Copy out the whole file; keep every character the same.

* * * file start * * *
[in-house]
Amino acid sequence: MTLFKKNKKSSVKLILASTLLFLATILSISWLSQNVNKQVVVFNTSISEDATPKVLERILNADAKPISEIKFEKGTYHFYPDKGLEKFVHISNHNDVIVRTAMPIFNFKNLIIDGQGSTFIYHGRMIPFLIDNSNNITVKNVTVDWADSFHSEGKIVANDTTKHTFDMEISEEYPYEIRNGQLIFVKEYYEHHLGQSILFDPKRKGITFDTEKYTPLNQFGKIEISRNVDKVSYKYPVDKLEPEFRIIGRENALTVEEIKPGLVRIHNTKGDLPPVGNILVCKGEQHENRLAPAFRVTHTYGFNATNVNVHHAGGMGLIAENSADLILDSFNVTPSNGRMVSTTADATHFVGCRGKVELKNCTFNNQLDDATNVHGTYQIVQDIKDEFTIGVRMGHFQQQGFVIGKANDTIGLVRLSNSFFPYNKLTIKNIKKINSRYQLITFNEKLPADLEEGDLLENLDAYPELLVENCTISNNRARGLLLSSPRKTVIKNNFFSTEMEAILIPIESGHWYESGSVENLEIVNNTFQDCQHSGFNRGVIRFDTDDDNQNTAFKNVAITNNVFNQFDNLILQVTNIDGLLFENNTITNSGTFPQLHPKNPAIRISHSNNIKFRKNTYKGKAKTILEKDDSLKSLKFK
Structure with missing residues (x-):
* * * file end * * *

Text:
[in-house]
Amino acid sequence: MTLFKKNKKSSVKLILASTLLFLATILSISWLSQNVNKQVVVFNTSISEDATPKVLERILNADAKPISEIKFEKGTYHFYPDKGLEKFVHISNHNDVIVRTAMPIFNFKNLIIDGQGSTFIYHGRMIPFLIDNSNNITVKNVTVDWADSFHSEGKIVANDTTKHTFDMEISEEYPYEIRNGQLIFVKEYYEHHLGQSILFDPKRKGITFDTEKYTPLNQFGKIEISRNVDKVSYKYPVDKLEPEFRIIGRENALTVEEIKPGLVRIHNTKGDLPPVGNILVCKGEQHENRLAPAFRVTHTYGFNATNVNVHHAGGMGLIAENSADLILDSFNVTPSNGRMVSTTADATHFVGCRGKVELKNCTFNNQLDDATNVHGTYQIVQDIKDEFTIGVRMGHFQQQGFVIGKANDTIGLVRLSNSFFPYNKLTIKNIKKINSRYQLITFNEKLPADLEEGDLLENLDAYPELLVENCTISNNRARGLLLSSPRKTVIKNNFFSTEMEAILIPIESGHWYESGSVENLEIVNNTFQDCQHSGFNRGVIRFDTDDDNQNTAFKNVAITNNVFNQFDNLILQVTNIDGLLFENNTITNSGTFPQLHPKNPAIRISHSNNIKFRKNTYKGKAKTILEKDDSLKSLKFK
Structure with missing residues (x-):